Preparing For Our Departure From This World
Here are some of the things we need to do to properly prepare for our death and for what comes beyond.
If we’ve been on a long train journey and are now nearing our destination, what do we do? We start getting ready for our arrival. So, we may have a wash, brush our hair and straighten our clothes. We may gather our stuff that’s lying around and pack it back in our bags. We may say goodbye to our fellow passengers. And so on. In these ways, we make preparations for the end of our journey and our arrival at our destination.
In just the same way, we need to make the necessary preparations for the end of our journey of life in this world, which comes with death, and our arrival at our destination, which is the Hereafter.
Death, of course, knows no age barrier and can arrive at any moment. But as our bodies grow older and we begin to realise that we aren’t going to be in this world forever and that sooner or later we will have to leave this realm, we need to consciously prepare ourselves for this momentous event in our life’s journey.
When we depart from this world, only our faith or level of God-consciousness and the stock of our deeds will accompany us. Given this, consciously preparing for this event requires that we focus now more on cultivating our inner life and on expressing it in the form of good deeds.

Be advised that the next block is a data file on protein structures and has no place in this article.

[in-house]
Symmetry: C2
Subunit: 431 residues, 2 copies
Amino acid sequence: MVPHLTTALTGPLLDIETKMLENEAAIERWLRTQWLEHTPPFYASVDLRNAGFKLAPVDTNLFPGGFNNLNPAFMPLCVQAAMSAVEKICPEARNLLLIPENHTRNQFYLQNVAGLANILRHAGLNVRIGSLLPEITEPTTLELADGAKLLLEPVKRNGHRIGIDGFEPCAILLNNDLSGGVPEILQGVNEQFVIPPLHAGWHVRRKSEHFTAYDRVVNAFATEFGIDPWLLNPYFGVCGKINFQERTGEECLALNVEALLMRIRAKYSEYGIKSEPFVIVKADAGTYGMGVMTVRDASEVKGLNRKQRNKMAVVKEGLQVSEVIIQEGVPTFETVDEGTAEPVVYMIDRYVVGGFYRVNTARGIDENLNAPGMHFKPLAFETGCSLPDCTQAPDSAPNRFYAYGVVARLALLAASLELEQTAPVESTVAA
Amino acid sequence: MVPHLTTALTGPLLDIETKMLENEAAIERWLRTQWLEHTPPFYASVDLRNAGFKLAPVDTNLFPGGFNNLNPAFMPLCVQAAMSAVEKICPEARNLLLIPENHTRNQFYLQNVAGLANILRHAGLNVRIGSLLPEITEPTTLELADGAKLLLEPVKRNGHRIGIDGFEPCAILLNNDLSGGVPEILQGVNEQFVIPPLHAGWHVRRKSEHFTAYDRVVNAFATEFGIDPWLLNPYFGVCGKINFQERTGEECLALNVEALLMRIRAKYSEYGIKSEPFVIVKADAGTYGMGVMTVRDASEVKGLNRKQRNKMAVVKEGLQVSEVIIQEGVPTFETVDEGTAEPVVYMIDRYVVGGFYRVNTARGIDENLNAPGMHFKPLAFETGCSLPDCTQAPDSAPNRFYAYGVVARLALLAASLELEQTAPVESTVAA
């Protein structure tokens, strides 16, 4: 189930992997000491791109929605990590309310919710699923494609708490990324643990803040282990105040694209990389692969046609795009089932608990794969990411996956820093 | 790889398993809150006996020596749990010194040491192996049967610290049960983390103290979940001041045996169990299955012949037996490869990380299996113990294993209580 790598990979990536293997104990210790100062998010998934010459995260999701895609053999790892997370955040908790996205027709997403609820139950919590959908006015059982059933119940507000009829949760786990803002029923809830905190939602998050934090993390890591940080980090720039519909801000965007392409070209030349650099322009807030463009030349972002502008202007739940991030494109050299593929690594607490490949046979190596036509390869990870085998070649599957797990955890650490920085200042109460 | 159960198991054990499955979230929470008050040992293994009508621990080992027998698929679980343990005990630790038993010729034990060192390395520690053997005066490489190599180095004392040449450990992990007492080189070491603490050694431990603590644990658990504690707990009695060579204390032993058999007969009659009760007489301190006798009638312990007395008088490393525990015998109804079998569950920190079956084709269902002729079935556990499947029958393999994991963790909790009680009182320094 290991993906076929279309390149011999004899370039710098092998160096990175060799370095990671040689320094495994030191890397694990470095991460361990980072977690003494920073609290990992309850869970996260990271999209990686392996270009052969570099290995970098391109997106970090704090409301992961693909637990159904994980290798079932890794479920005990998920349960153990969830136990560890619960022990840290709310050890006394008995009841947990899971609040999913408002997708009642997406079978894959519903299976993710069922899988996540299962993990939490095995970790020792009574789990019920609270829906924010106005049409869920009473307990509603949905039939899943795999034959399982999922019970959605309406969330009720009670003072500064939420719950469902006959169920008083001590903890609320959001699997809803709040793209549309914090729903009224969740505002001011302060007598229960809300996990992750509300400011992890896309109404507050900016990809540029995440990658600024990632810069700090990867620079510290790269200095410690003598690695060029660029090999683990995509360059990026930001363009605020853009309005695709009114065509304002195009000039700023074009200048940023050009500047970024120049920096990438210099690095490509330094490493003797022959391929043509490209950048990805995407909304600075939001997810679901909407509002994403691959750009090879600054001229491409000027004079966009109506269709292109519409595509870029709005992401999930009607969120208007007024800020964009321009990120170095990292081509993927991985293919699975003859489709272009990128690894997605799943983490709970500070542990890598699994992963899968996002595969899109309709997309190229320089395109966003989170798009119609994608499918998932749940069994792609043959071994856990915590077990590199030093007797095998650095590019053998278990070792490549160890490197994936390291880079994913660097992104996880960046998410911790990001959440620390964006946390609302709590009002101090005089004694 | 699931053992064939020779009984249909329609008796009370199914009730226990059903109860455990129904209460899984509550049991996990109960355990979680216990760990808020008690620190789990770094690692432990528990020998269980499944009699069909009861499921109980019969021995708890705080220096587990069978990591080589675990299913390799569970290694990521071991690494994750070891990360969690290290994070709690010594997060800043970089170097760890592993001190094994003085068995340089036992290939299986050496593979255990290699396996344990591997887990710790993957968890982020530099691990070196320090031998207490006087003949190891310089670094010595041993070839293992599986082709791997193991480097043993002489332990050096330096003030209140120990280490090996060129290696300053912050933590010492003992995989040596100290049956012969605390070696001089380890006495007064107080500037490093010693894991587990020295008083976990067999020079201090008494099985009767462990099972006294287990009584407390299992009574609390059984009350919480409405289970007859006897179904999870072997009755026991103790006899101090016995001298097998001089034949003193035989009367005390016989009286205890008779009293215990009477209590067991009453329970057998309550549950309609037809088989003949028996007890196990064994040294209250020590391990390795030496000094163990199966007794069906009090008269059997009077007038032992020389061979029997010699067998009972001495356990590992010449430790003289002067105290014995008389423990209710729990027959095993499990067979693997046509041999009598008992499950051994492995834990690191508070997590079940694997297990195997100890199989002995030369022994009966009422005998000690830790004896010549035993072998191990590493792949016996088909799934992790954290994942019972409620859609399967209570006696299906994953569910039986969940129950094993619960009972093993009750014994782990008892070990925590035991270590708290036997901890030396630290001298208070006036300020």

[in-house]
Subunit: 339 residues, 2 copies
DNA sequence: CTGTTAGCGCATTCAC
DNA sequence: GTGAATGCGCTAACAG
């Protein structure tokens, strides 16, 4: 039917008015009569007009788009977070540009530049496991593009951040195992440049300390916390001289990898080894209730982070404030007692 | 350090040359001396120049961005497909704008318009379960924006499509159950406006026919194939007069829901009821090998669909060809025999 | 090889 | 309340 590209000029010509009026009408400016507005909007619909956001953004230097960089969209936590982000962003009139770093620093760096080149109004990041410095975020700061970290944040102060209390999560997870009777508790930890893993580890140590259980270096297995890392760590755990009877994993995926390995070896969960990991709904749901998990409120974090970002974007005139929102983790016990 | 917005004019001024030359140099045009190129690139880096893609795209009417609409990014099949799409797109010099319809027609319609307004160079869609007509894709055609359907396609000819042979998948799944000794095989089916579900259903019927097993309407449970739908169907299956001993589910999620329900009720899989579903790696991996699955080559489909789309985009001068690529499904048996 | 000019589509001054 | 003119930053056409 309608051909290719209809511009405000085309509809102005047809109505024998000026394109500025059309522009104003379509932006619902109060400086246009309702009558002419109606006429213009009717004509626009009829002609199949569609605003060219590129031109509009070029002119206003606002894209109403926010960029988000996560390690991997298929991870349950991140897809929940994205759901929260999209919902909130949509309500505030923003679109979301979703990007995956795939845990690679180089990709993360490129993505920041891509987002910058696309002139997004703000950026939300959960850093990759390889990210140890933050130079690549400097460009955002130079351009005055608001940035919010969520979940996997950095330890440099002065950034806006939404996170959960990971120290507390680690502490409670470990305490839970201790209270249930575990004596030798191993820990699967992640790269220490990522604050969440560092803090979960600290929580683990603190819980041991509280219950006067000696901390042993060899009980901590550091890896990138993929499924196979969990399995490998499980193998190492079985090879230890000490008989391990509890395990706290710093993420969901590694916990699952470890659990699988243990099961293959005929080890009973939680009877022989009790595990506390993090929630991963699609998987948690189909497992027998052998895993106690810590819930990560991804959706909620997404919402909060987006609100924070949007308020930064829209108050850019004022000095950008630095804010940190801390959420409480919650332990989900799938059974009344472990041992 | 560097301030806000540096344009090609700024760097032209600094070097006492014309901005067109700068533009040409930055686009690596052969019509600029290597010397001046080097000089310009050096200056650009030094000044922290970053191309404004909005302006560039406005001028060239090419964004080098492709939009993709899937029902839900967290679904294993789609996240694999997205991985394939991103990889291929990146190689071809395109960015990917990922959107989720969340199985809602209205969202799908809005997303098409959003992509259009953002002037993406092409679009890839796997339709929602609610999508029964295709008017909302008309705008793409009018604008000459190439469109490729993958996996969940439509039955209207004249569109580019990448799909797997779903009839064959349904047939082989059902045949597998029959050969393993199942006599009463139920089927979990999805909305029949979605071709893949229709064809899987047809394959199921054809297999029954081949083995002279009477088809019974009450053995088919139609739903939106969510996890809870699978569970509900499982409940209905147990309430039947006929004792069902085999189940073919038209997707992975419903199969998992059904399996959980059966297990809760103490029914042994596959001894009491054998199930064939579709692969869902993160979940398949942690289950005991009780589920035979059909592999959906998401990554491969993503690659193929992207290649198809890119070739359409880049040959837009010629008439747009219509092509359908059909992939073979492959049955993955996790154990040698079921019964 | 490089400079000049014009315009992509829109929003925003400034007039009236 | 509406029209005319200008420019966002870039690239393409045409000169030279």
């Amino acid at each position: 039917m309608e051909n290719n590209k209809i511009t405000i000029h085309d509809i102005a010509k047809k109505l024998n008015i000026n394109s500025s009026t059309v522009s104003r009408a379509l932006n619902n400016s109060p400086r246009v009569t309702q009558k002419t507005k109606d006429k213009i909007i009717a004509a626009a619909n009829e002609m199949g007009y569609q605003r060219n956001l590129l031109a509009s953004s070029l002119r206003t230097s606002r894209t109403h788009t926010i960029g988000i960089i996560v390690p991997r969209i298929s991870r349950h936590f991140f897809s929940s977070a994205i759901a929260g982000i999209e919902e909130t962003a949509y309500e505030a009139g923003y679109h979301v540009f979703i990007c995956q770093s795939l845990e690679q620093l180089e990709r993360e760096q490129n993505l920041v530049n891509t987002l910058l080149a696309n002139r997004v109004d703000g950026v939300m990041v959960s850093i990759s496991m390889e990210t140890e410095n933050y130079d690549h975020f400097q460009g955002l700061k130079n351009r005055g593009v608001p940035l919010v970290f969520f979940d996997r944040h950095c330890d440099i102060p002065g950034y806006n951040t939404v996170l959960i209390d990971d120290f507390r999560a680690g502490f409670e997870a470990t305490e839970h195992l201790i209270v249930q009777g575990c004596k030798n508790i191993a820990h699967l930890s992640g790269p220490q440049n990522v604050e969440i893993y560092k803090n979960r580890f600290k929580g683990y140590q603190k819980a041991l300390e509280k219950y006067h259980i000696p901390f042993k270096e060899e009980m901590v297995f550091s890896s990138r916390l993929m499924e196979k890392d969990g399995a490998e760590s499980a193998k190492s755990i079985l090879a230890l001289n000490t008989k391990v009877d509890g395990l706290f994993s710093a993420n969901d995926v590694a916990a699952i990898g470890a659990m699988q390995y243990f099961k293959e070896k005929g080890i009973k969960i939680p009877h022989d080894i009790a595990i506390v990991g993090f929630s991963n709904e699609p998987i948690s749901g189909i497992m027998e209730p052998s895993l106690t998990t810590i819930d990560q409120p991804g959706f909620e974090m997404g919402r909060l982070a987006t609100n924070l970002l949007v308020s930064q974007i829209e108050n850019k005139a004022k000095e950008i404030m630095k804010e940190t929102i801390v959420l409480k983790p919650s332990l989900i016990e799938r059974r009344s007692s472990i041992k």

Here are some of the things we need to do to properly prepare for our death and for what comes beyond:
Giving greater attention to our relationship with our Creator, whom we are going to meet on our departure from this world and to whom we will have to give a complete account for how we have lived while here.
If we have hitherto left God out of our lives, we can begin to cultivate a personal relationship with God right now, before it is too late. No matter how busy we may like to think we are, we need to spend adequate time with God every day.
Seeking to improve ourselves.
We need to spend time reflecting on how we are as persons and make efforts to become better. We need to try to overcome our negative tendencies and strengthen our positive qualities. For instance, if we review our lives, we may recognise that impatience is one of our prominent negative traits and that because of this, we have hurt many people in the past. Based on this realisation, we can make conscious efforts to overcome impatience by cultivating patience.
Trying to make amends for the wrongs we have done and making up with others.
As we go through life we inevitably do things that we ought not to have. For instance, we hurt other people by unwise actions, words and thoughts. If we want to leave this world with a lighter conscience, we need to try to make amends for our wrongs. For instance, if we have been cruel to someone, we can apologise to them. If we have fought with a friend or relative and haven’t talked with them for years, we can reach out to them and patch up. If for some reason we aren’t able to contact them, we can acknowledge the wrong we have done before God and request God to forgive us and also to bless the person we have wronged.